- USES: Local anesthetics are used for analgesia. They are administered topically and by local injection, regional injection, and for spinal and epidural anesthesia. PHARMACOLOGY: These agents reversibly block sodium channels and block the action potentials responsible for nerve conduction. TOXICOLOGY: Toxicity is caused by sodium channel blockade leading to CNS and cardiac effects. Some of these agents and their metabolites can oxidize iron leading to methemoglobinemia. EPIDEMIOLOGY: Toxicity is uncommon and severe toxicity is rare. MILD TO MODERATE TOXICITY: Subjective effects in mild toxicity include drowsiness, impending doom, headache, dizziness, paresthesias, euphoria, numbness of the mouth, lightheadedness, tinnitus, anxiety, confusion, tremors, agitation, disorientation, hallucinations, and lethargy. Peripheral effects may result in temporary paralysis. Suppression of the gag reflex may occur with oropharyngeal exposure. Methemoglobinemia can develop in patients who have no other evidence of toxicity. SEVERE TOXICITY: Severe toxicity may cause cardiac, respiratory, and CNS toxicity, as well as methemoglobinemia. CNS effects precede significant cardiovascular toxicity, except following massive IV injection. While there is often a progression of symptoms after IM, subQ, or continuous IV infusion, seizures and coma may occur suddenly after rapid IV administration. Cardiac effects are due to sodium channel blockade and can be manifested by a range of toxic effects including hypotension, AV block, bradycardia, QRS prolongation, ventricular dysrhythmias, asystole, and cardiovascular collapse. Spinal, epidural, or inadvertent intrathecal administration may lead to respiratory failure. Hypoxia may be secondary to cardiac toxicity or direct motor paralysis of respiratory muscles leading to respiratory depression, apnea, or respiratory arrest. Methemoglobinemia is well described with usage of prilocaine and benzocaine, and rarely reported with lidocaine, tetracaine, Cetacaine, and propitocaine. It can develop after therapeutic doses and in patients who have no other evidence of toxicity. INHALATION EXPOSURE: Methemoglobinemia can rarely result from inhalation exposure to local anesthetics. DERMAL EXPOSURE: Topical preparations can lead to systemic toxicity ranging from mild to severe. Infants are at a higher risk for systemic effects from dermal exposure. ADVERSE EFFECTS: Allergic reactions to the ester or amide classes of local anesthetics are possible though extremely rare. The ester class (benzocaine, chloroprocaine, cocaine, cyclomethycaine, dimethocaine, larocaine, propoxycaine, procaine, novocaine, proparacaine, tetracaine, and amethocaine) accounts for the majority of true IgE-mediated allergic reactions due to metabolism of PABA, a known allergen. Reactions to the amide class (articaine, bupivacaine, carticaine, cinchocaine, dibucaine, etidocaine, lidocaine, mepivacaine, piperocaine, prilocaine, ropivacaine, and trimecaine) are often secondary to the methylparaben preservative in the multidose vials. Clinically insignificant methemoglobinemia may result from exposure to many local anesthetics. Patients may develop vasovagal reactions following administration of these agents. Visual loss has rarely been associated with intranasal bupivacaine use during nasal surgery. Visual symptoms may persist for years.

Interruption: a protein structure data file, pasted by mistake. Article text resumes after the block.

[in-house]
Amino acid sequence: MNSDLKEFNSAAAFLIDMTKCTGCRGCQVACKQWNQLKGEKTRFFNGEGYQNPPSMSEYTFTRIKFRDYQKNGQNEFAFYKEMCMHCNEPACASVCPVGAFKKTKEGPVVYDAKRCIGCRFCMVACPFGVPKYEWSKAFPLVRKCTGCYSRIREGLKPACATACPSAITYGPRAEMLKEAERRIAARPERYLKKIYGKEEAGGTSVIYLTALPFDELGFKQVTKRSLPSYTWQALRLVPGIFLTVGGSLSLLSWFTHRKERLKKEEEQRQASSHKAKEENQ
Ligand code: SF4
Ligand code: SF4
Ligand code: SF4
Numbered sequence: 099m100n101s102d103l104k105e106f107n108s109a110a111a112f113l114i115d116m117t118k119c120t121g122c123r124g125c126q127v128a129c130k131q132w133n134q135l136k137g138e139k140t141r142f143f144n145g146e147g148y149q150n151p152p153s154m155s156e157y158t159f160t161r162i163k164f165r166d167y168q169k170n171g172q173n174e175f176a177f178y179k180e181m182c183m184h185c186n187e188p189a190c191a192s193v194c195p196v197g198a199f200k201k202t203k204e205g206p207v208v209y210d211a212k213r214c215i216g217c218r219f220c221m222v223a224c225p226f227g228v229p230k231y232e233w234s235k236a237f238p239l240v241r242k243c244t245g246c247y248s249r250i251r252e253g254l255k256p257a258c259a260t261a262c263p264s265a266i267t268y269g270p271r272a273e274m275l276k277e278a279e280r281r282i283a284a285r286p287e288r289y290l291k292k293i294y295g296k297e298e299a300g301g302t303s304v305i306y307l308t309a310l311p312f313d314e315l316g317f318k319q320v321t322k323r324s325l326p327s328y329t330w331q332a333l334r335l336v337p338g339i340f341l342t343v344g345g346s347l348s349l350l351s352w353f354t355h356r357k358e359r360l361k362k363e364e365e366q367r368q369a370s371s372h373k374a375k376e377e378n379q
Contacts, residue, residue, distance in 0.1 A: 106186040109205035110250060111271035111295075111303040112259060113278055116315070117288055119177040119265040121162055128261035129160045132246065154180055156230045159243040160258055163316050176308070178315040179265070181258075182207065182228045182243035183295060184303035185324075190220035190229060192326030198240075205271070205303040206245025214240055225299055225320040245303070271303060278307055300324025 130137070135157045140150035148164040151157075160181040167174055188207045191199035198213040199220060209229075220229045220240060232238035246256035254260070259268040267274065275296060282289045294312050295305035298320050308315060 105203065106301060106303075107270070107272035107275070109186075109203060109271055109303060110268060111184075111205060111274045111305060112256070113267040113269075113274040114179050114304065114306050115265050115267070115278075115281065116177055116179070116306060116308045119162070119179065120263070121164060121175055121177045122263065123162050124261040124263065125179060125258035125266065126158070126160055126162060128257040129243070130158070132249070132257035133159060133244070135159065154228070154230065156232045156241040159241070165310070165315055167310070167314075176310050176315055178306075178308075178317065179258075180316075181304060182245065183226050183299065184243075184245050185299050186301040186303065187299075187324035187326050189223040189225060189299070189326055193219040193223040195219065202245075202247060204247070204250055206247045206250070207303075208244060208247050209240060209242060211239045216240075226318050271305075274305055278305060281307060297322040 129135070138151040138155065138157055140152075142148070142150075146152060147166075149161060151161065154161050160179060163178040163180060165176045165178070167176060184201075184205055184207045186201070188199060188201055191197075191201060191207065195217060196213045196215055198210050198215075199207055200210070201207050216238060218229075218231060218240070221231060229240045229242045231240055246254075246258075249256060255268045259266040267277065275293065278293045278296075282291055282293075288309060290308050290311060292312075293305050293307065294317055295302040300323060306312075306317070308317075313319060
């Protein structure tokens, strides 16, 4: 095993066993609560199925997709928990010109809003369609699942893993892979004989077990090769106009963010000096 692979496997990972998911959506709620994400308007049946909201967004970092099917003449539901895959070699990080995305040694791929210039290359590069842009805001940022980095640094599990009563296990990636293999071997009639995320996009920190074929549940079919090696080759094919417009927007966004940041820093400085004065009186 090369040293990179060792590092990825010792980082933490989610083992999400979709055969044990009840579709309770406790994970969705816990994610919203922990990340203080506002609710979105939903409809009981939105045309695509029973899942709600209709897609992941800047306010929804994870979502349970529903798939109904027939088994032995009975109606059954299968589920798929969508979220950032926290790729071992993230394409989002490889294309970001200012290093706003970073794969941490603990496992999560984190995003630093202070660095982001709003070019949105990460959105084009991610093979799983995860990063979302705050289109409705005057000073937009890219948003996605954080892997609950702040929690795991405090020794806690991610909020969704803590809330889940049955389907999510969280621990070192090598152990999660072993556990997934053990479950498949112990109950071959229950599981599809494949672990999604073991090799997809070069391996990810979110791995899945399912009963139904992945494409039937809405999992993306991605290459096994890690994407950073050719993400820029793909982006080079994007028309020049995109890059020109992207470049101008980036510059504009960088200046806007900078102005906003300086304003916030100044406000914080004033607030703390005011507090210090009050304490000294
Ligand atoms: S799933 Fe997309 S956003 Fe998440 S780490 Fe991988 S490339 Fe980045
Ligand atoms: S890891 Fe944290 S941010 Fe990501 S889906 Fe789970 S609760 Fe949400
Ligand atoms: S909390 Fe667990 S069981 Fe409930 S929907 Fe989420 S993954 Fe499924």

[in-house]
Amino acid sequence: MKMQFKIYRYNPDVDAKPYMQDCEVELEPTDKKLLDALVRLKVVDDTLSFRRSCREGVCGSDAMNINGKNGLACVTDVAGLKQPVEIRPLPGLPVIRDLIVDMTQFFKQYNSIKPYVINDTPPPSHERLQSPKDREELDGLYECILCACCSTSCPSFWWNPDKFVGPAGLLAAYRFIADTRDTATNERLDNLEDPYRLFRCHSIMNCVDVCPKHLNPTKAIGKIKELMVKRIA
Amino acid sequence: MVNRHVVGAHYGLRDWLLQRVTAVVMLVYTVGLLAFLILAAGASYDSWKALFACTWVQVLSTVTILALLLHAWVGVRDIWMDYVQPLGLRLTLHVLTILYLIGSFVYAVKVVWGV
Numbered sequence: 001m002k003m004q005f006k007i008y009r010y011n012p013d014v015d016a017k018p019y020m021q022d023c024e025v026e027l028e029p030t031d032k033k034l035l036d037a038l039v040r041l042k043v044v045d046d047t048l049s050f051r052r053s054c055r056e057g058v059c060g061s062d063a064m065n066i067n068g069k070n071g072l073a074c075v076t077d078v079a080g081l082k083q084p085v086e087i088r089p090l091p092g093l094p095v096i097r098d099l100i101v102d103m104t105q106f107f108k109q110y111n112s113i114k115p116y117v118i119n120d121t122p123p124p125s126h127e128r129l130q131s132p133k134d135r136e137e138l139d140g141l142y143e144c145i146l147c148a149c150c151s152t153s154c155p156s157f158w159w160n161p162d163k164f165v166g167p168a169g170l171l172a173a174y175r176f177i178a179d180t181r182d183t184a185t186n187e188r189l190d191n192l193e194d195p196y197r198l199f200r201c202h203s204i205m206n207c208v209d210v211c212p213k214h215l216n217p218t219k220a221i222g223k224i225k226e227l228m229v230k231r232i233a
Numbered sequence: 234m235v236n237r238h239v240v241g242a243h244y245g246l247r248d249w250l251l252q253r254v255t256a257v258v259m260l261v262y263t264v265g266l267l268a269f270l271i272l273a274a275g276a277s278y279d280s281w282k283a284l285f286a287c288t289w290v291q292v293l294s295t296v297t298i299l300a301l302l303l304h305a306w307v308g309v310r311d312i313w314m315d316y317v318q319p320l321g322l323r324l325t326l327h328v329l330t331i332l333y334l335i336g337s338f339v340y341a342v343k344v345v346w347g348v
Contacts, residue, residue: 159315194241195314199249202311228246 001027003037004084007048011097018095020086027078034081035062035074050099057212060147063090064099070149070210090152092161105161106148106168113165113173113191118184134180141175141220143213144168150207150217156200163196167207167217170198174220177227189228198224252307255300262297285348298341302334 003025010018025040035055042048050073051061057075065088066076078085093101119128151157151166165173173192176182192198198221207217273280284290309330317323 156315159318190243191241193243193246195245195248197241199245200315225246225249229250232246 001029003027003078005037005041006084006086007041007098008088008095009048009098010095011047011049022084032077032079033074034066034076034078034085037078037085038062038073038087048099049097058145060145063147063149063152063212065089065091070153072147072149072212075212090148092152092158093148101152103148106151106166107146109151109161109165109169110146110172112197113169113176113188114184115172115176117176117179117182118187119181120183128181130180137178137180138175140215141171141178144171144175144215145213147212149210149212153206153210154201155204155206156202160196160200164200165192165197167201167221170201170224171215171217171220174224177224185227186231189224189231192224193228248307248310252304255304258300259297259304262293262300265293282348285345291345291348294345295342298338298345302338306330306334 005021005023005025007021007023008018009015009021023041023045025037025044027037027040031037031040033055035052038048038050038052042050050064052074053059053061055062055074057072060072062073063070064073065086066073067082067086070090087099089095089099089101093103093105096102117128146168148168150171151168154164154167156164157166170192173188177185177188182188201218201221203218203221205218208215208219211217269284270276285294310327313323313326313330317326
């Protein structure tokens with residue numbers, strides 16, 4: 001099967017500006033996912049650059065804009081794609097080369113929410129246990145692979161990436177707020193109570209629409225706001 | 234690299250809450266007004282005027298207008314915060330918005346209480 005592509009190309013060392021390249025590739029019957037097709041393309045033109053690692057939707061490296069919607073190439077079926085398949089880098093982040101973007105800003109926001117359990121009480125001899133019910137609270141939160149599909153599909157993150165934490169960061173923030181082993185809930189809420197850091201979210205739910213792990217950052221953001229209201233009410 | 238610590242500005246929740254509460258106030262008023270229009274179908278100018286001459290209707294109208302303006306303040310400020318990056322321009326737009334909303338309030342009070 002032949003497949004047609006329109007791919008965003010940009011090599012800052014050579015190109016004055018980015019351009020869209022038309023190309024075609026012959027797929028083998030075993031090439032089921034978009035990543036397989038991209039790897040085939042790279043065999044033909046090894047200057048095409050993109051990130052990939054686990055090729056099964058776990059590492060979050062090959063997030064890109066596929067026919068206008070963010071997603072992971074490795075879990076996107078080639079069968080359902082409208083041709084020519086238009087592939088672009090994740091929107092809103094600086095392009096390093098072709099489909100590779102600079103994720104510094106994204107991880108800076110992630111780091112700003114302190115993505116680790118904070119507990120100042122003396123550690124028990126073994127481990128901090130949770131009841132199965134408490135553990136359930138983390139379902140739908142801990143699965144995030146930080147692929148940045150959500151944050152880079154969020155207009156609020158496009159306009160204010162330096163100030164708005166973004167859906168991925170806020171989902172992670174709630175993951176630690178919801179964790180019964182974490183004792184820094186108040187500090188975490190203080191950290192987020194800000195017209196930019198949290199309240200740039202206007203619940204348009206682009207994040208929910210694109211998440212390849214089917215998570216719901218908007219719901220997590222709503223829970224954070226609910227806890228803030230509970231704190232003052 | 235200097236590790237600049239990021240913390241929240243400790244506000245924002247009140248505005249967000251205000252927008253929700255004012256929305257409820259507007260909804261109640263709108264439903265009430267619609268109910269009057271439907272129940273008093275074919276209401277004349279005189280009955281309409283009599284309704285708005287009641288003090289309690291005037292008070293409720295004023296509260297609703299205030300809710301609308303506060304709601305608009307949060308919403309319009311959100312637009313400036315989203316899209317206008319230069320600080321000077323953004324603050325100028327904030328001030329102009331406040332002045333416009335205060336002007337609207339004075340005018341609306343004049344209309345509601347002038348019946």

Range of Toxicity:
- TOXICITY: Varies by agent. LIDOCAINE: ADULT: IV injection of 800 to 2000 mg in adults has caused seizures followed by cardiac arrest. PEDIATRIC: In children, ingestion of 5 to 25 mL 2% viscous lidocaine has caused seizures. BENZOCAINE: Therapeutic doses of topical spray may cause methemoglobinemia. DIBUCAINE: PEDIATRIC: Two toddlers developed generalized seizures and severe dysrhythmias, and subsequently died after ingesting 15 mg/kg to 19 mg/kg of 1% dibucaine ointment. An 18-month-old child became comatose and developed generalized tonic-clonic seizures, but survived, after ingesting 12 mg/kg of 1% dibucaine ointment. PRAMOXINE: Ingestions up to 150 mg in children (11 mg/kg) and 250 mg in adults caused minor toxicity. THERAPEUTIC DOSE: Varies by agent. LIDOCAINE: ADULT: A single dose limit is 2 mg/kg for IV doses. PEDIATRIC: For viscous lidocaine 2% in children 3 years and older, the recommended dose is approximately 3 to 5 mg/kg swish and spit (for the mouth) or swish and swallow (for the pharynx) every 3 hours as needed, up to a MAX of 8 doses/day. In infants and children less than 3 years of age, 1.25 mL is applied topically to the area every 3 hours as needed, up to a MAX of 8 doses/day. BENZOCAINE: For treatment of mouth ulcers, benzocaine may be applied topically to the affected areas up to 4 times daily. PRAMOXINE: For hemorrhoids, apply 1% ointment or cream rectally or topically to anorectal area up to 5 times daily. ESTERS: Maximum subQ doses are: chloroprocaine 10 mg/kg; procaine 10 mg/kg; tetracaine 3 mg/kg. AMIDES: Maximum subQ doses are: bupivacaine 2 mg/kg; etidocaine 4 mg/kg; lidocaine 5 mg/kg; mepivacaine 5 mg/kg; prilocaine 8 mg/kg; ropivacaine 3 mg/kg.
- Support: MANAGEMENT OF MILD TOXICITY: Supportive care is the mainstay of treatment in mild to moderate toxicity. Paresthesias and paralysis resolve in virtually all cases. Anxiety can be managed with benzodiazepines. Patients with significant oropharyngeal anesthesia should be positioned upright with nothing by mouth (NPO) to avoid aspiration. MANAGEMENT OF SEVERE TOXICITY: Patients with severe toxicity (eg, depressed mental status, seizures, hypotension, dysrhythmias, cardiac arrest) should receive standard supportive care (intubation and mechanical ventilation, intravenous fluids and pressors for hypotension, benzodiazepines for seizures) and an infusion of intravenous lipids. Administer 1.5 mL/kg of 20% lipid emulsion as an IV bolus, followed by an infusion of 0.25 mL/kg/min for 30 to 60 minutes. For declining blood pressure, increase the infusion rate to 0.5 mL/kg/min and continue infusion for 60 minutes. Repeat bolus 1 to 2 times if there is no evidence of clinical improvement.